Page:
Mobile devices are fast becoming the preferred method of reading, sharing, and engaging with online content. It’s strange to think that the content we create on desktops and laptops will end up on dozens of different screen sizes before all is said and done. It’s a good lesson to keep in mind.

http://thenextweb.com/socialmedia/2014/06/14/guide-mobile-social-media-phone-tablet-strategies-twitter-facebook/

Thursday, June 12, 2014

Library of Congress Plans Improvements to Cataloger’s Desktop

Library of Congress Plans Improvements to Cataloger’s Desktop

The Library of Congress will introduce enhancements to its Cataloger’s Desktop service that will be available in September 2014. The enhancements will help catalogers find and use Desktop resources more easily, through a simpler user interface, expanded search and navigation, and improved help and training.


Cataloger’s Desktop enables catalogers and metadata specialists to be more productive by bringing together the most useful and varied array of catalogs, cataloging rules, markup standards and manuals into a single search environment. Desktop is a cost-effective tool that helps catalogers maintain a high level of quality service to their libraries.

http://www.loc.gov/today/pr/2014/14-078.html

Surviving Cataloging Class

Surviving Cataloging Class
by Tracy Wasserman.

Many LIS students dread cataloging/classification class, a required course in some library schools. cataloging/classification is an integral part of the value of librarians to society, as there is more information to organize than ever before.Librarians should all understand how to catalog and classify information, and be comfortable with this skill.  And understanding the value of cataloging goes a long way to staying motivated in cataloging class. 
  Here are resources to help:

  • Use online cataloging tools
  • Follow AutoCat and other cataloging listservs
  • Practice / Save your work 
  • Embrace the humor

Vatican library moves into the 21st century

Vatican library moves into the 21st century
by  |

The Vatican library has begun mass digitising 82,000 historic manuscripts to make them available online.
As part of the project, EMC has offered 2.8 petabytes of storage — enough to store about 40 million pages of digitlised manuscripts — to help the Vatican library digitise its collection, which includes documents like the 42 line Latin Bible of Gutenberg, the first book printed with movable type dating between 1451 and 1455.

http://www.zdnet.com/vatican-library-moves-into-the-21st-century-7000029133/

The Practical Librarian’s Guide to Collection Development

The Practical Librarian’s Guide to Collection Development
   by Abby Preschel Kalan

After years of practicing adult collection development skills in a medium-sized suburban public library, Abby have discovered that specific “shortcut” rules have become second nature to me. He present here an annotated rundown of my shortcuts that can help anyone create and maintain viable and successful collections for customers older than 10.

http://www.americanlibrariesmagazine.org/article/practical-librarian-s-guide-collection-development

Awesome Resources to Populate Library Social Media

Awesome Resources to Populate Library Social Media by Stephen Abram

http://goo.gl/OzhQnS



54 Library Stories You May Have Missed in May 2014

54 Library Stories You May Have Missed in May 2014 by Ellyssa Kroski 

This past month’s offerings include stories on Twitter applications, the Vatican library digital collection, eBooks, and more.  Be sure to scan these 54 library stories to get caught up on your LIS reading!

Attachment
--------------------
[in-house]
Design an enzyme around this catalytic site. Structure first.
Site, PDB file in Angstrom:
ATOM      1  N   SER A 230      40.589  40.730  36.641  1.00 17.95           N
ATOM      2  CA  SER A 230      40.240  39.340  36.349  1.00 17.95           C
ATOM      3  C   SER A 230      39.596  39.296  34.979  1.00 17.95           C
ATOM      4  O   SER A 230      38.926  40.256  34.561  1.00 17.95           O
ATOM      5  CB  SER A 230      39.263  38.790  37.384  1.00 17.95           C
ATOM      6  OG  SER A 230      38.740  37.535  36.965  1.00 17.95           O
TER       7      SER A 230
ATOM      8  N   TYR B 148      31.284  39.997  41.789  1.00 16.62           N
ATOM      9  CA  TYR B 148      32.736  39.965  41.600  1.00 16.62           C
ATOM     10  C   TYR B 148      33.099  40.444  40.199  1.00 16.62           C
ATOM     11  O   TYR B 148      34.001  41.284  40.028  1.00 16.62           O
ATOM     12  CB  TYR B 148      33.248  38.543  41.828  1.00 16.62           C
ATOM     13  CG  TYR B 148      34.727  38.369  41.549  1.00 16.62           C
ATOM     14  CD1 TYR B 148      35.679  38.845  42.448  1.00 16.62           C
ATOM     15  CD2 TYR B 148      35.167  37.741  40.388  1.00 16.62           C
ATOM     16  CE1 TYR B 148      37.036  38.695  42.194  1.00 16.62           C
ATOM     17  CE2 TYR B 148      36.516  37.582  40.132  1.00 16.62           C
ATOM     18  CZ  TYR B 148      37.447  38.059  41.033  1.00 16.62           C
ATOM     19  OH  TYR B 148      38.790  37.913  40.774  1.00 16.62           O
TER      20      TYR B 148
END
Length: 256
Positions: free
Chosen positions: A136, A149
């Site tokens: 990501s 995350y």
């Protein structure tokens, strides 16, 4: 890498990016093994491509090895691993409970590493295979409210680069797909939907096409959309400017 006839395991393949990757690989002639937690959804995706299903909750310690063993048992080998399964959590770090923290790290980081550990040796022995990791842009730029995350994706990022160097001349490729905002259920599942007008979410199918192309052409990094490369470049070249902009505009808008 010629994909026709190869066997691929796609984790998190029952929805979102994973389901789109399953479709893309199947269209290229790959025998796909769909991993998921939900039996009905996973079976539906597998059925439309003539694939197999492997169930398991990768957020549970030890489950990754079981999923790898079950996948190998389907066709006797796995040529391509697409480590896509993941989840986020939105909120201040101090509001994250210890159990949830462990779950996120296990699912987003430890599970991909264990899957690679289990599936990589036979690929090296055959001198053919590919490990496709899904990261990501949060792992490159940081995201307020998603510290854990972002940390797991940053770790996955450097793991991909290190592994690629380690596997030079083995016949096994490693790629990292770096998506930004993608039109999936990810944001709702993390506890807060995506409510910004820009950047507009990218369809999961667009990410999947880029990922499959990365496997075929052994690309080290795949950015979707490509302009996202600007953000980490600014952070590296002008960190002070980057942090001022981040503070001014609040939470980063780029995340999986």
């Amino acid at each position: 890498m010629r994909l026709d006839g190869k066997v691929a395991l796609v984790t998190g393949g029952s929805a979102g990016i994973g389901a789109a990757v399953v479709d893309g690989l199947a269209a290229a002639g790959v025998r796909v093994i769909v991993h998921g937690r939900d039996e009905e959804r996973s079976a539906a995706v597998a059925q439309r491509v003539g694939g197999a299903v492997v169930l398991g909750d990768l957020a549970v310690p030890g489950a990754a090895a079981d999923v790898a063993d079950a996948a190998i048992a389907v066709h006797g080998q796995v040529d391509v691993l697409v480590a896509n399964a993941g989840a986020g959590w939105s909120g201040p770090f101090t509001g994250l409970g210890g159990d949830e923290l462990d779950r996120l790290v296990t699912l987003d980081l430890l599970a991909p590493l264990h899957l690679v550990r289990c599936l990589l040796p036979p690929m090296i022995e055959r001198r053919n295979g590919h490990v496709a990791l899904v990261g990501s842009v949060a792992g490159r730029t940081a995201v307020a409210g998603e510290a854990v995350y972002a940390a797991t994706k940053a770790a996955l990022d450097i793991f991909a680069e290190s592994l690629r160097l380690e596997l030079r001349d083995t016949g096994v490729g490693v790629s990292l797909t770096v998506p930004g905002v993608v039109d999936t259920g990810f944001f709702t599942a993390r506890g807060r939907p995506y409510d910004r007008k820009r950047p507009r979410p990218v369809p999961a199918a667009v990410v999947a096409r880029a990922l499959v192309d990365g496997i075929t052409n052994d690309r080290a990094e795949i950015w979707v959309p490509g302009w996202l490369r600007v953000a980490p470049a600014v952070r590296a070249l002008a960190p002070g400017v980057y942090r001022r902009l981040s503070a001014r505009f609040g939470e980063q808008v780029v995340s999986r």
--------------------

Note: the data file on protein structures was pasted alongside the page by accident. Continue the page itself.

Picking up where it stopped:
http://oedb.org/ilibrarian/library-stories-may-missed-may/


  • 8 Tips for Libraries to Incorporate Tech into their Summer Reading Programs
  • Responding to the second wave of the Digital Divide
  • Library social media resources
  • 5 Ways Libraries Can Use Vine for Marketing
  • NYPL abandons controversial renovation plan
  • 35 Library Stories You May Have Missed in April
  • 10 Finance Hacks for College Students
  • Librarians reimagine book clubs with the Help of Technology
  • 7 Astonishing Objects Made with 3D Printers
  • 5 Great Sites for 30,000+ Free 3D Printing Models
  • The practical librarian’s guide to collection development
  • What you need to know to take a librarian job abroad
  • Vatican Library moves into the 21st century
  • Surviving cataloging class
  • How to create a gorgeous planter from an old hardcover book
  • Secret libraries of New York City
  • Ebooks and early reading skills
  • How to identify Book Club editions
  • Why reading aloud to students is valuable
  • Metadata games
  • Eight ways to jump into ebooks
  • Why aren’t teens reading like they used to?
  • 10 best free historical newspaper sites
  • Minecraft programming for tweens
  • University of Michigan’s napping stations
  • Libraries find success in crowdfunding
  • Farmington librarian rediscovers letters from students in 1967
  • Brewster Kahle, the librarian of 404 billion websites
  • How to cull your e-bookshelf
  • Tales of a jailhouse librarian
  • Best practices for adult financial literacy services
  • LC plans improvements to Cataloger’s Desktop
  • Connecting Latinos with libraries
  • The lost desert libraries of Chinguetti
  • Hoopla digital and Boopsie in partnership
  • Four ways to display and curate Twitter
  • Book club resources for Poirot fans
  • Developing an online-first mentality
  • The first children’s picture book
  • Libraries Now: A Day in the Life (video)
  • MOOCs: Pros and cons
  • Future-proofing the research library
  • Free tech learning resources
  • Let’s stop the ebook judging
  • Making books social
  • You’re a book nerd if . . .
  • Evidence-based decision-making in academic libraries
  • Five reasons we still need school libraries
  • Duke’s most popular digital item
  • Can non-librarians easily acquire librarian expertise?
  • Pinterest boards for academic libraries to follow
  • Top Twitter hashtags for librarians
  • How to run a gay-straight alliance in your library
  • Library analyst helped to launch NASA